Music

Vendetta Red: Between the Never and the Now

Adam Williams

Vendetta Red

Between the Never and the Now

Label: Epic
US Release Date: 2003-06-24
UK Release Date: 2003-04-14
Amazon
iTunes

Epic executives should have known better. Back in the Spring of 2003 the label was poised for the brilliant three tiered re-release of the entire AC/DC catalogue. A special gig was scheduled at New York City's Roseland Ballroom that provided fans with a rare opportunity to see the lads from Down Under in something other than a stadium setting. The show also bore special importance as it coincided with the band's induction into The Rock and Roll Hall of Fame. Recognizing the event as a potential springboard for a newly signed act, Epic's brain trust bestowed the opening slot on Vendetta Red. To say this was poor judgment is an understatement. Concert goers watched in dumbstruck awe as the group distinguished itself as the worst band many had ever seen. Jumping around like hallucinating chimpanzees, Vendetta Red emitted thirty minutes of indecipherable noise, boasting an embarrassing lack of talent in every respect. Obviously the label had too much invested to simply pull the plug on these musical cretins, so the single "Shatterday" was released and an accompanying video hit the airwaves. If Epic's decision to foist Vendetta Red on the masses proves one thing, it is that major label clout and the best intentions do not always translate into quality product.

To say that Between the Never and the Now is bad would be far too simple; this level of musical incompetence has not been witnessed since Keanu Reeves formed Dogstar, and must be broken down and itemized for all to see.

1) The CD is comprised of twelve tracks, each varying in their own degrees of atrociousness. Every song incorporates lyrics that were written to appear cerebral, but instead sound inane. Attempts at pained sensitivity in "There Only Is", "Seconds Away", and "Accident Sex" would make Billy Corgan give up music altogether, while the song "Caught You Like A Cold" elevates the use of idiotic cliché to lofty heights, leaving listeners either laughing or cringing.

2) The lead vocals on each track represent some of the poorest singing in recent memory, reminiscent of the Vines on their worst day. Making matters worse is the inclusion of gratuitous shrieking into half of the songs. Granted, rock has always had a unique mix of screamers hitting the high notes, from Roger Daltrey and Robert Plant to David Coverdale and Kevin DuBrow, but Vendetta Red's cacophonous efforts set a new sub-standard in this department.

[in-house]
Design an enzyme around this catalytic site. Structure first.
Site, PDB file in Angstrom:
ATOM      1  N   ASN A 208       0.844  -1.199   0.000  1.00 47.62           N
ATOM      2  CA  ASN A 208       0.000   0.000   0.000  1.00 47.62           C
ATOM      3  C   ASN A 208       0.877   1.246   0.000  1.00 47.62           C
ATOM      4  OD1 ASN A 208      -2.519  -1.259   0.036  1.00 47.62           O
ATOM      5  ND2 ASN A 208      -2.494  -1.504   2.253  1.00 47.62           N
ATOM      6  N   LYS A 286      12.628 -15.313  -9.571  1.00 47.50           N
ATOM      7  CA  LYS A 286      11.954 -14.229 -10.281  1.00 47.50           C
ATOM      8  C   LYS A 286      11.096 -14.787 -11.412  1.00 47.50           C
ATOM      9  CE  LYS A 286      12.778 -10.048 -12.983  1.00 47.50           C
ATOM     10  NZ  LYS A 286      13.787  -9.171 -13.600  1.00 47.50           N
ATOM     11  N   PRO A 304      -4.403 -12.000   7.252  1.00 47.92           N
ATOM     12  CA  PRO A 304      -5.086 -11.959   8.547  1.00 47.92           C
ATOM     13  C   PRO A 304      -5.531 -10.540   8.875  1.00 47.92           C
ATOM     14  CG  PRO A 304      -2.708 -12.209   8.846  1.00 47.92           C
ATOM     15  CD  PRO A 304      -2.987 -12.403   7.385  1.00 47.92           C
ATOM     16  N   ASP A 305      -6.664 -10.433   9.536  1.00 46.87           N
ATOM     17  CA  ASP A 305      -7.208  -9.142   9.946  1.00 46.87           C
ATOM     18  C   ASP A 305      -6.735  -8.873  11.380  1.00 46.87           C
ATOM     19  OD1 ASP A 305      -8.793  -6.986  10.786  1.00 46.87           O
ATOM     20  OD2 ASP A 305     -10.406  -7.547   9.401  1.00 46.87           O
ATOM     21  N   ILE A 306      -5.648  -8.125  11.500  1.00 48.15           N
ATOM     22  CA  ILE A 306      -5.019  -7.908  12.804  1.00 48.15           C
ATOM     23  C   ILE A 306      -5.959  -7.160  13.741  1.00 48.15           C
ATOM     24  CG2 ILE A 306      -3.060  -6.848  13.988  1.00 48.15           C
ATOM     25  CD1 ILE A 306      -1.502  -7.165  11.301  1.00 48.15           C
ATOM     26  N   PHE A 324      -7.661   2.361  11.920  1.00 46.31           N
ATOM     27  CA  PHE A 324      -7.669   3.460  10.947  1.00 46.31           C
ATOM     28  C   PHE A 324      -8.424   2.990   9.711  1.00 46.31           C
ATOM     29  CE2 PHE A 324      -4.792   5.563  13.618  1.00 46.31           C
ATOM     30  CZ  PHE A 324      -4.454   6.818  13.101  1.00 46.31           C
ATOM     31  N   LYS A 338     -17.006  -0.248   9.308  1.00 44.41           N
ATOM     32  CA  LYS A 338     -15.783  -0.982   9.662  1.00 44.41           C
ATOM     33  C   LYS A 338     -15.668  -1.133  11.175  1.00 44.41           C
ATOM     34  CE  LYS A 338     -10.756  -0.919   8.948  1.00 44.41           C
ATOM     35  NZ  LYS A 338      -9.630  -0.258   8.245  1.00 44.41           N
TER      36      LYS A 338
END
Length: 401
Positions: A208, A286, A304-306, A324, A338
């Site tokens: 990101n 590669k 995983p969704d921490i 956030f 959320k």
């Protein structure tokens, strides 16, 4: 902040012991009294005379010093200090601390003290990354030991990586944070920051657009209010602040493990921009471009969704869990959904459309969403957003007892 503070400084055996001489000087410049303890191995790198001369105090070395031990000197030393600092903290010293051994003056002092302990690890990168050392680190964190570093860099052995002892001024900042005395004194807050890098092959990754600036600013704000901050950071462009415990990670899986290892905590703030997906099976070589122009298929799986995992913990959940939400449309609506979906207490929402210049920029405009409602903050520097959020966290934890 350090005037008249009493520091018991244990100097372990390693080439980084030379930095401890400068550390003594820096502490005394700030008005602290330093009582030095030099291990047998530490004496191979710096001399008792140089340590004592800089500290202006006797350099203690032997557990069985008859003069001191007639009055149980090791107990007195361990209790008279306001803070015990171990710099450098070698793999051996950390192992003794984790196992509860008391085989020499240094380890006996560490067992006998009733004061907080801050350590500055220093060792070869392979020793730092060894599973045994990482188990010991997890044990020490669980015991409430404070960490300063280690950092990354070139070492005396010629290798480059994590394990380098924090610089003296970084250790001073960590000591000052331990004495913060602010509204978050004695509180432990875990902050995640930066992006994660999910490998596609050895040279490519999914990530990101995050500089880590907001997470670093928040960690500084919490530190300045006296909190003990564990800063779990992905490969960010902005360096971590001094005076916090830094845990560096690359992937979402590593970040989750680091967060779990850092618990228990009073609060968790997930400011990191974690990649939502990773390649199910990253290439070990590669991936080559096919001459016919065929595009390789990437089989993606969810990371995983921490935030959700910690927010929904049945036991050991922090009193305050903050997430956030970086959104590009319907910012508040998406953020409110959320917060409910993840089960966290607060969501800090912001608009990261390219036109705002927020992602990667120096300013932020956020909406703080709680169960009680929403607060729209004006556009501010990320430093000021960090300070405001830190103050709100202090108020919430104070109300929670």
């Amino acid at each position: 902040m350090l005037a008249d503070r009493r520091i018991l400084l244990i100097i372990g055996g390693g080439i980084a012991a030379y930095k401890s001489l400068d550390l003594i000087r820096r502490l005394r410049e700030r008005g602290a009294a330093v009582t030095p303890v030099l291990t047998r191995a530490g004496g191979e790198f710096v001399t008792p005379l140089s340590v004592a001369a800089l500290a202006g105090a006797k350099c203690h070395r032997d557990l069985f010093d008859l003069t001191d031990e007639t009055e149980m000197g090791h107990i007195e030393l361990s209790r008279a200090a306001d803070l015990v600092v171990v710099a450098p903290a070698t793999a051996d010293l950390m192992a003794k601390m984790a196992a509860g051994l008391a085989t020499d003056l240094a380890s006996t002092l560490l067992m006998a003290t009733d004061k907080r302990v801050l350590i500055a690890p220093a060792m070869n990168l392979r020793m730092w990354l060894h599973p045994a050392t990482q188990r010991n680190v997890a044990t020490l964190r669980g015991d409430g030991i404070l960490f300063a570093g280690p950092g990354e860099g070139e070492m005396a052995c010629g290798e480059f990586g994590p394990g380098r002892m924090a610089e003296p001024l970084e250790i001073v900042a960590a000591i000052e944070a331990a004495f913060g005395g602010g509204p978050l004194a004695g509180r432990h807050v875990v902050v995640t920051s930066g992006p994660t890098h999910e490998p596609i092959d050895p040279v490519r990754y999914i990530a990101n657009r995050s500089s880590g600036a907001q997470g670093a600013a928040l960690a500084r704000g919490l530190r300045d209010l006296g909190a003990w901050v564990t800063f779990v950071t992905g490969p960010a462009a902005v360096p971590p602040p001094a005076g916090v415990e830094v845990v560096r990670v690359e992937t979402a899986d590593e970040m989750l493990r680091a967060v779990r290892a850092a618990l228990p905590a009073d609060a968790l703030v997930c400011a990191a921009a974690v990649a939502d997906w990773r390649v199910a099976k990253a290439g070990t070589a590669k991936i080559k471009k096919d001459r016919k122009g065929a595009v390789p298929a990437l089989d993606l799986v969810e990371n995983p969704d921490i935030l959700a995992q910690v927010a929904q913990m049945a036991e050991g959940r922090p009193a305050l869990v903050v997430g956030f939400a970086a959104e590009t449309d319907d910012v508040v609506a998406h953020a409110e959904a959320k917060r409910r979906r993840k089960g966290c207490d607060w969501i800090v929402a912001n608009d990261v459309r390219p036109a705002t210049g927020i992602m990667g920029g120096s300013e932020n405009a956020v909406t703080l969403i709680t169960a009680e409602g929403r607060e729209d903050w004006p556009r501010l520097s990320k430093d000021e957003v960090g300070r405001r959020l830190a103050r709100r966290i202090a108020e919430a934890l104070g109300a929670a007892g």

3) The dozen tracks represent a band searching endlessly for an identity, and finding none. Punk? Alternative? Grunge revisited? God knows what the goal was with this CD, but Vendetta Red defies reasonable classification.

4) The album's lowlight comes with the inclusion of "Lipstick Tourniquets", a song that is quite simply, unbelievable. Combining an amazing array of vocal, lyrical and instrumental ineptitude with doses of the aforementioned shrieking, this track is the epitome of amateurism, and should be viewed as the Crown Jewel in the "What to Avoid as a Band" instruction manual.

As horrendous as Vendetta Red and its inaugural major label effort are, one would think there might be something positive to say about either of them. Alas, no words can make amends for this sorry example of a band or the CD, and both will hopefully fade away into musical oblivion very soon.

For Epic executives, let us forgive them in this instance. The label deserves a pass as it has more than made up for Vendetta Red with an impressive list of quality acts and recordings over the years.

Nonetheless, Epic could have saved critics a great deal of time if it had borrowed from Spinal Tap and renamed the album Shark Sandwich. Reviews would have then simply read "Shit Sandwich . . ."


Music

Books

Film

Recent
Books

'We're Not Here to Entertain' Is Not Here to Break the Cycle of Punk's Failures

Even as it irritates me, Kevin Mattson's We're Not Here to Entertain is worth reading because it has so much direct relevance to American punks operating today.

Film

Uncensored 'Native Son' (1951) Is True to Richard Wright's Work

Compared to the two film versions of Native Son in more recent times, the 1951 version more acutely captures the race-driven existential dread at the heart of Richard Wright's masterwork.